Online Etymology Dictionary, © 2010 Douglas Harper
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American Heritage
Medical Dictionary

angle an·gle (āng'gəl)
The figure or space formed by the junction of two lines or planes.

The American Heritage® Stedman's Medical Dictionary
Copyright © 2002, 2001, 1995 by Houghton Mifflin Company. Published by Houghton Mifflin Company.
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American Heritage
Science Dictionary
angle  [%PREMIUM_LINK%]     (āng'gəl)  Pronunciation Key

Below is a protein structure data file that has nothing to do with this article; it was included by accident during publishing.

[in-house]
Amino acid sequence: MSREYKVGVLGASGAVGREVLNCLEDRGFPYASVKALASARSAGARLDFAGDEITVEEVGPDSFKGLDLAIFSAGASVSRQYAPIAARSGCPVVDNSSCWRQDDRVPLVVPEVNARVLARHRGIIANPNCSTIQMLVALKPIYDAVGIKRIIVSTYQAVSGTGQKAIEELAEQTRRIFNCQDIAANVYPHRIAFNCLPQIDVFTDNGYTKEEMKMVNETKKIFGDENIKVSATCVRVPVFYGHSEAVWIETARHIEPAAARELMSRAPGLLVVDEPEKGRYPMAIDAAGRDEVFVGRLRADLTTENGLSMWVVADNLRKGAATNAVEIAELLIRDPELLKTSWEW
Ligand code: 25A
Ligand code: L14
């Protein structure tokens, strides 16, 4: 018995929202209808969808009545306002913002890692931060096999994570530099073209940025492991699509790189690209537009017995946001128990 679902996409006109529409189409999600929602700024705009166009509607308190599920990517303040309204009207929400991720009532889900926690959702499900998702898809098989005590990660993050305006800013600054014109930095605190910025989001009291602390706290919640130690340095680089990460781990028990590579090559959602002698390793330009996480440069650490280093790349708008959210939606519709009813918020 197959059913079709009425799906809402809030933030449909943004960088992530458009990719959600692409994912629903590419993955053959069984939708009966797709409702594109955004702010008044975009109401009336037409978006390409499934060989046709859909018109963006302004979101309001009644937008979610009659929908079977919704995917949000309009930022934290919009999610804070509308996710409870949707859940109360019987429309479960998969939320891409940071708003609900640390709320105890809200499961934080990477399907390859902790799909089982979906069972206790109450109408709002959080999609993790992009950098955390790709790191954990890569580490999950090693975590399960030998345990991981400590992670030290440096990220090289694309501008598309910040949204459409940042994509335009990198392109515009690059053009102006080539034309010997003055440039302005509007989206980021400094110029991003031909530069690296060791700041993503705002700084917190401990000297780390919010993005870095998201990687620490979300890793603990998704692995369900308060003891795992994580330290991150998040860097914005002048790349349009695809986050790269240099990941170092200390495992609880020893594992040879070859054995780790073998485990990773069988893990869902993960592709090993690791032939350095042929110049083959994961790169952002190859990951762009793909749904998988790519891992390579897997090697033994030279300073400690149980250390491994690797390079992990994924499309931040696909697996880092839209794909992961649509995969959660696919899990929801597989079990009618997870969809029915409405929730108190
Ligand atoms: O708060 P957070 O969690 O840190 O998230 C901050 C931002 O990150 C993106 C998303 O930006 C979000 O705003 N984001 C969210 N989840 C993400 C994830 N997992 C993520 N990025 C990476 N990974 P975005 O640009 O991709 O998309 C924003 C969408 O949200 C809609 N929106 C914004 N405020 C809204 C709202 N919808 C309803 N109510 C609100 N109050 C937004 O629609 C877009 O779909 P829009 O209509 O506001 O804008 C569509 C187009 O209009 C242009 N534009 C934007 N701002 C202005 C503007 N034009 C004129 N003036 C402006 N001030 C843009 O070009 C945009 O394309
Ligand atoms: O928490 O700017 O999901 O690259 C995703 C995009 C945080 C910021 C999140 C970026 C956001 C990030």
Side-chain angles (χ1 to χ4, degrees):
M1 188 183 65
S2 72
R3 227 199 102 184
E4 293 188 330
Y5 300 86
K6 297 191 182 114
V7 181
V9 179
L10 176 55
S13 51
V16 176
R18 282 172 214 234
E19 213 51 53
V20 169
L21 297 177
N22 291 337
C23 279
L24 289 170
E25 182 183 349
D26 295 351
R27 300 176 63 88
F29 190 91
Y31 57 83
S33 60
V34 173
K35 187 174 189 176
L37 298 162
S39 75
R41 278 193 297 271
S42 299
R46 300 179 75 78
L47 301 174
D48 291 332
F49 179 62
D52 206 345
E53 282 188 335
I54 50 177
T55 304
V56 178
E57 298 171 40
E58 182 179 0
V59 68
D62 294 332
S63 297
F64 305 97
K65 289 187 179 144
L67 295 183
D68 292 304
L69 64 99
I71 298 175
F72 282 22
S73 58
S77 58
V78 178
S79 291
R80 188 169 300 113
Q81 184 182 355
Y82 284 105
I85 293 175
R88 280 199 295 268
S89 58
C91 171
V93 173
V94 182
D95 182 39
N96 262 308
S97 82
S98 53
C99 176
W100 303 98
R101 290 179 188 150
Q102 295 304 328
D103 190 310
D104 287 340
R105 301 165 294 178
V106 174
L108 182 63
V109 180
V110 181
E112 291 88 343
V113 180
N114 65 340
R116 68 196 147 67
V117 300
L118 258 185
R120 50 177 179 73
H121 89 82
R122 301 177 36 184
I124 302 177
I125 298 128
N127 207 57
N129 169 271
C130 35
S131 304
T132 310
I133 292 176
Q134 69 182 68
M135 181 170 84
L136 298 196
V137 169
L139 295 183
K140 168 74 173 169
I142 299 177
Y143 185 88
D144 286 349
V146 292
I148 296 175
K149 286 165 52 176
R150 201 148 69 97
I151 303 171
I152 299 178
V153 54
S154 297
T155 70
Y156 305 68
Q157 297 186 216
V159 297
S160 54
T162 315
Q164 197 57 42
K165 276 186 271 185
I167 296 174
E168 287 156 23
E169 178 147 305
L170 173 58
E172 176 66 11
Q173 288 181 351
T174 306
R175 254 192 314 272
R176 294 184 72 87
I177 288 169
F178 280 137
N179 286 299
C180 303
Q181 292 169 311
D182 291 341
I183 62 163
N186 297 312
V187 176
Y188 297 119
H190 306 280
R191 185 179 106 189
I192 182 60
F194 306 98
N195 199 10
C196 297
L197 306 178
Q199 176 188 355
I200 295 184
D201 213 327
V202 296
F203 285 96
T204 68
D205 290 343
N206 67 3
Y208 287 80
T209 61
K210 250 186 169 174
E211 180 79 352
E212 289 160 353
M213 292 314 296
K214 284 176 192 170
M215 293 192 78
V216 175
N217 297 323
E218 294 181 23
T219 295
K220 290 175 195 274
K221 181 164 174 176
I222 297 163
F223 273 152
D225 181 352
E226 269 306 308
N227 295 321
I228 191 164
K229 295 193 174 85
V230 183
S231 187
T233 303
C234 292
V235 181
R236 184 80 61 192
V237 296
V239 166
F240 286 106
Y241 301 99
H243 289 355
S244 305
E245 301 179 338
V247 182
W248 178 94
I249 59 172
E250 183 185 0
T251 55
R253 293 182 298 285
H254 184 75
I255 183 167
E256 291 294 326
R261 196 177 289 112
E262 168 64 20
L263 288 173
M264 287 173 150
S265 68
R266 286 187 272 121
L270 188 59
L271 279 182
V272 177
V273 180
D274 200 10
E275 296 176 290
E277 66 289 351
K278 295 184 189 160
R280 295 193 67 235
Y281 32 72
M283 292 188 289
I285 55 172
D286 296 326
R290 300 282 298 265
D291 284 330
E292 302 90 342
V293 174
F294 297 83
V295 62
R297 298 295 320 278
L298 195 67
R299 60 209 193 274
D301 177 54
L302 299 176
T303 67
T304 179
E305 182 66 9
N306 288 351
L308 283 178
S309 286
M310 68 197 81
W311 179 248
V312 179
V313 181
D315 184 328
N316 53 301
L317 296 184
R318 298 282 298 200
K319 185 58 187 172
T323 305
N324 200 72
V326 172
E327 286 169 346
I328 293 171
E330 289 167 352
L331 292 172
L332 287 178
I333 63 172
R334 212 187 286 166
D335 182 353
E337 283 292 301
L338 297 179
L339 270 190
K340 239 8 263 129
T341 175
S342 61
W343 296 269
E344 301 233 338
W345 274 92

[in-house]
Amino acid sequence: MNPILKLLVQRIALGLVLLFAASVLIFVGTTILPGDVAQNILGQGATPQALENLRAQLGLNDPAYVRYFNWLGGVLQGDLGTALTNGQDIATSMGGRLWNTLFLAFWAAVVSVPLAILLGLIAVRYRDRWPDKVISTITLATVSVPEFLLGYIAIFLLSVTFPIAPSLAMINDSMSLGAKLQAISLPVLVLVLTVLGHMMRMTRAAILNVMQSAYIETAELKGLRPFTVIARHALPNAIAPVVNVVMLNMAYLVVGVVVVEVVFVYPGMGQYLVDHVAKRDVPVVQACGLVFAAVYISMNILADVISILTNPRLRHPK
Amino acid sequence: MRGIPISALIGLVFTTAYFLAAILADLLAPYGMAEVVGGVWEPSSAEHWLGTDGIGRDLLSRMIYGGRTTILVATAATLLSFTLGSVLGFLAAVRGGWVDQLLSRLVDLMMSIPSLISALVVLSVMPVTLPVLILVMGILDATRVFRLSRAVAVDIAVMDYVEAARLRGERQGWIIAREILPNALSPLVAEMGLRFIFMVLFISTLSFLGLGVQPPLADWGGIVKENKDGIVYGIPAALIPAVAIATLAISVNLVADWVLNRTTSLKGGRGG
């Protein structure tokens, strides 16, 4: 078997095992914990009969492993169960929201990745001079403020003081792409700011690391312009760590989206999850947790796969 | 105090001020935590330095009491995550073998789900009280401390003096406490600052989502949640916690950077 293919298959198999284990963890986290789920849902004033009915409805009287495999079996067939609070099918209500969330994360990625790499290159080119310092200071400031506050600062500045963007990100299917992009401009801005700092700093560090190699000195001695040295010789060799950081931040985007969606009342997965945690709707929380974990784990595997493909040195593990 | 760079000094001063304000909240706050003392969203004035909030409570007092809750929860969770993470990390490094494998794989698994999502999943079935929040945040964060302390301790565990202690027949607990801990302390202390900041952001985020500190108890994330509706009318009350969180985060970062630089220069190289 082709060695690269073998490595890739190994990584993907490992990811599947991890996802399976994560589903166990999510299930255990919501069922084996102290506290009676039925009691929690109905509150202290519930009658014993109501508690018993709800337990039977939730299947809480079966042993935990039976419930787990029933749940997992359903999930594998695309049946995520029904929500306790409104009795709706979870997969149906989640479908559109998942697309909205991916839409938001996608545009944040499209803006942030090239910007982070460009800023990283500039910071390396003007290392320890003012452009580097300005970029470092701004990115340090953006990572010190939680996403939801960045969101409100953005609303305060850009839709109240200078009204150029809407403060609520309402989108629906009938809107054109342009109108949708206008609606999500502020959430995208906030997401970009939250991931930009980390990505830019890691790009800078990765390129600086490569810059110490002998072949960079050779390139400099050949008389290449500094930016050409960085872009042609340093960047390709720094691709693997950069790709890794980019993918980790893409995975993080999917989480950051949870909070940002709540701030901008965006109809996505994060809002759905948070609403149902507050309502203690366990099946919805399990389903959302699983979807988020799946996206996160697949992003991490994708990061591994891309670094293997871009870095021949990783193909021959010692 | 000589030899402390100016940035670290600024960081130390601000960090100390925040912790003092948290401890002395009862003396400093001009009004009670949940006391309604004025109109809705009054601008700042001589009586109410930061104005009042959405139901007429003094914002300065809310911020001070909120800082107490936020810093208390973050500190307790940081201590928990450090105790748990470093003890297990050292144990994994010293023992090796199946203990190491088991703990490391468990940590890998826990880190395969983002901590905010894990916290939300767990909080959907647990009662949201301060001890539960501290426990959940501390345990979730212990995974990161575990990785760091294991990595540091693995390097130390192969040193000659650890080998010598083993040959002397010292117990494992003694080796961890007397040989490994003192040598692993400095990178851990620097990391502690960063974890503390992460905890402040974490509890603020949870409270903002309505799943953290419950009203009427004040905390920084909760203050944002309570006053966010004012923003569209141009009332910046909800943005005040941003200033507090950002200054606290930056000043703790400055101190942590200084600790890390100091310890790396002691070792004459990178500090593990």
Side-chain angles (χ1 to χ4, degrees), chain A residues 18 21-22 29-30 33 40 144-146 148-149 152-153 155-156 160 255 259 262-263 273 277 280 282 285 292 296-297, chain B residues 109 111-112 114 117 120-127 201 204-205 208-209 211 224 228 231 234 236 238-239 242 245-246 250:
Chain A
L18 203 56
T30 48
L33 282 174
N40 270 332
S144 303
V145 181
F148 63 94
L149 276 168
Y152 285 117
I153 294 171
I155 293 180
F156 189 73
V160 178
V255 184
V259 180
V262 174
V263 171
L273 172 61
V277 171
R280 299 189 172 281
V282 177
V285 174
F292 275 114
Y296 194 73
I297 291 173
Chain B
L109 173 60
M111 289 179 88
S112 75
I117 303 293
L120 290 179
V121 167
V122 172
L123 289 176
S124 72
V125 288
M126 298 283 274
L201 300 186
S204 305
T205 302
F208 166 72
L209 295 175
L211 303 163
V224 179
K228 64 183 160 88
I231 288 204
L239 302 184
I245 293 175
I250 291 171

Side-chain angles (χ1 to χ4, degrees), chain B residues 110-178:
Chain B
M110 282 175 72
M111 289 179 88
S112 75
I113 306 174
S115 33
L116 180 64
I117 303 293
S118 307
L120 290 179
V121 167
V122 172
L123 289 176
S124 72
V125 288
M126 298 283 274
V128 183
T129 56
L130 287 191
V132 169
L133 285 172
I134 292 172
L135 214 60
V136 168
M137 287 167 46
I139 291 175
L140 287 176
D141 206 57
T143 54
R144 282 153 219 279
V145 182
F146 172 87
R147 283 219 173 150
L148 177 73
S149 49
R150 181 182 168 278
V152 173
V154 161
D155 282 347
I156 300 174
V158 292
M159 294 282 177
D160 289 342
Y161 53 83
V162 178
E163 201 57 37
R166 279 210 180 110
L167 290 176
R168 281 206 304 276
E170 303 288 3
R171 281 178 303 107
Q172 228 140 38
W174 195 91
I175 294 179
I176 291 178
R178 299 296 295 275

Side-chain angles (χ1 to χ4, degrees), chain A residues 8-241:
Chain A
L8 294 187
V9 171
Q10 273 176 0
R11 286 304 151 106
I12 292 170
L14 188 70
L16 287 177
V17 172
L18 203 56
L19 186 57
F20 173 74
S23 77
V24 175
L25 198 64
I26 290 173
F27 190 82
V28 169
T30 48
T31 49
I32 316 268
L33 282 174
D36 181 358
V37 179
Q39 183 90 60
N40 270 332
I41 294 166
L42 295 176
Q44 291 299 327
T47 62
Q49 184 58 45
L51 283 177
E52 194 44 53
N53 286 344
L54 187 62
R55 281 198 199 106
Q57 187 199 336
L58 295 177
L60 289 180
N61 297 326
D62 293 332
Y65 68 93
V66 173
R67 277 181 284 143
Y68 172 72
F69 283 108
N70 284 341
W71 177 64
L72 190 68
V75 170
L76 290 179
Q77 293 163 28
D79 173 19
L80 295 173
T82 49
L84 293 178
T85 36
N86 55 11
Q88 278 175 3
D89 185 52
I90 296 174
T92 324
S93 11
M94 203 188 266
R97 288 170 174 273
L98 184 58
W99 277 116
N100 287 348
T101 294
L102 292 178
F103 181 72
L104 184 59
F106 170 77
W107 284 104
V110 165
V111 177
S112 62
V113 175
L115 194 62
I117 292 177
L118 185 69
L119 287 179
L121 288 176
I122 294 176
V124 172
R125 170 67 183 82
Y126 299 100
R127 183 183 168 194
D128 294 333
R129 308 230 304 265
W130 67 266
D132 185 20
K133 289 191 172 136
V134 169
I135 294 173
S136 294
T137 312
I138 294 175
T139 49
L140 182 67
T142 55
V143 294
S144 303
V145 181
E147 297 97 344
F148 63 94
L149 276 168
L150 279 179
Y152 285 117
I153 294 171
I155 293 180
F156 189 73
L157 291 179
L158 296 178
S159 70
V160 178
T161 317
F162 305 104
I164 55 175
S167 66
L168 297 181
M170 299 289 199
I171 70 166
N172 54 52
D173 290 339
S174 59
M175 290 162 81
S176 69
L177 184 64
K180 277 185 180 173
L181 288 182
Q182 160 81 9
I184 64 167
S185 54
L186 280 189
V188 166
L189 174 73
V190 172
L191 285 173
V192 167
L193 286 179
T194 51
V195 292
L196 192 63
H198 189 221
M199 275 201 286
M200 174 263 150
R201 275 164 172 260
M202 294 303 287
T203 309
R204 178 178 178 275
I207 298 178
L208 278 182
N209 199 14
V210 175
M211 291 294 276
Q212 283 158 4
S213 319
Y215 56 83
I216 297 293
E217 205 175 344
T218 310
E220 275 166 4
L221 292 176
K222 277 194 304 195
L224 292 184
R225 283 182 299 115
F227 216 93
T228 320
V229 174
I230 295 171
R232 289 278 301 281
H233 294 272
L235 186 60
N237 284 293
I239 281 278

(click for larger image in new window)

  1. A geometric figure formed by two lines that begin at a common point or by two planes that begin at a common line.

  2. The space between such lines or planes, measured in degrees. See also acute angle, obtuse angle, right angle.

The American Heritage® Science Dictionary
Copyright © 2002. Published by Houghton Mifflin. All rights reserved.
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Example sentences
That is already possible in principle if two shots of the same scene have been
  taken from different angles.
Keep moving, getting as many angles and moods as possible.
Move anyways and change your angle.
We view it from a particular angle and from one viewpoint only.
Images for angle